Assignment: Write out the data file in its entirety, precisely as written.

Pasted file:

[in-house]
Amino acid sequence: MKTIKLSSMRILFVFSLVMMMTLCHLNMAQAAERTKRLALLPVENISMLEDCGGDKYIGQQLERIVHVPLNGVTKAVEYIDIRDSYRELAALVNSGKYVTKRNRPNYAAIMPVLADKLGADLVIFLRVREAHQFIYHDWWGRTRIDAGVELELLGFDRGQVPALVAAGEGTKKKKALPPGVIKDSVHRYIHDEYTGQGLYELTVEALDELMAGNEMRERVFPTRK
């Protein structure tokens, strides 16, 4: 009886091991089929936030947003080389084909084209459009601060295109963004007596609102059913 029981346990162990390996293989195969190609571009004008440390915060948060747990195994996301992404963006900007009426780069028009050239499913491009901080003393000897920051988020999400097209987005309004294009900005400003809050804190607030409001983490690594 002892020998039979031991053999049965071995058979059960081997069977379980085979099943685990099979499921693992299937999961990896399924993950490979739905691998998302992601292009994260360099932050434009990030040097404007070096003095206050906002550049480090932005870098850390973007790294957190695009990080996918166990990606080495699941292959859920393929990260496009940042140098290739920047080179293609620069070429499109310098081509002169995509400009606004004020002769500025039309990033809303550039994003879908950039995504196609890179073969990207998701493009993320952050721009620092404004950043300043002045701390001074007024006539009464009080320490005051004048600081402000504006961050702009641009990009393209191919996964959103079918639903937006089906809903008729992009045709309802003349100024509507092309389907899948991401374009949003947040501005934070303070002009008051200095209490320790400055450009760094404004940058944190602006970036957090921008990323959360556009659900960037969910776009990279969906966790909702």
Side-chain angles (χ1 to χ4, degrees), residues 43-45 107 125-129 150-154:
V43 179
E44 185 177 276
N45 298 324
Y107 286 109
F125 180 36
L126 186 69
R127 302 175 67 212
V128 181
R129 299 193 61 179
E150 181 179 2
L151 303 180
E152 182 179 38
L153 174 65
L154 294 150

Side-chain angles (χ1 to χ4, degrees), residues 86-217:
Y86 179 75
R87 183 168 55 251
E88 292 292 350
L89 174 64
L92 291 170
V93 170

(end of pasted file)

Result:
[in-house]
Amino acid sequence: MKTIKLSSMRILFVFSLVMMMTLCHLNMAQAAERTKRLALLPVENISMLEDCGGDKYIGQQLERIVHVPLNGVTKAVEYIDIRDSYRELAALVNSGKYVTKRNRPNYAAIMPVLADKLGADLVIFLRVREAHQFIYHDWWGRTRIDAGVELELLGFDRGQVPALVAAGEGTKKKKALPPGVIKDSVHRYIHDEYTGQGLYELTVEALDELMAGNEMRERVFPTRK
């Protein structure tokens, strides 16, 4: 009886091991089929936030947003080389084909084209459009601060295109963004007596609102059913 029981346990162990390996293989195969190609571009004008440390915060948060747990195994996301992404963006900007009426780069028009050239499913491009901080003393000897920051988020999400097209987005309004294009900005400003809050804190607030409001983490690594 002892020998039979031991053999049965071995058979059960081997069977379980085979099943685990099979499921693992299937999961990896399924993950490979739905691998998302992601292009994260360099932050434009990030040097404007070096003095206050906002550049480090932005870098850390973007790294957190695009990080996918166990990606080495699941292959859920393929990260496009940042140098290739920047080179293609620069070429499109310098081509002169995509400009606004004020002769500025039309990033809303550039994003879908950039995504196609890179073969990207998701493009993320952050721009620092404004950043300043002045701390001074007024006539009464009080320490005051004048600081402000504006961050702009641009990009393209191919996964959103079918639903937006089906809903008729992009045709309802003349100024509507092309389907899948991401374009949003947040501005934070303070002009008051200095209490320790400055450009760094404004940058944190602006970036957090921008990323959360556009659900960037969910776009990279969906966790909702």
Side-chain angles (χ1 to χ4, degrees), residues 43-45 107 125-129 150-154:
V43 179
E44 185 177 276
N45 298 324
Y107 286 109
F125 180 36
L126 186 69
R127 302 175 67 212
V128 181
R129 299 193 61 179
E150 181 179 2
L151 303 180
E152 182 179 38
L153 174 65
L154 294 150

Side-chain angles (χ1 to χ4, degrees), residues 86-217:
Y86 179 75
R87 183 168 55 251
E88 292 292 350
L89 174 64
L92 291 170
V93 170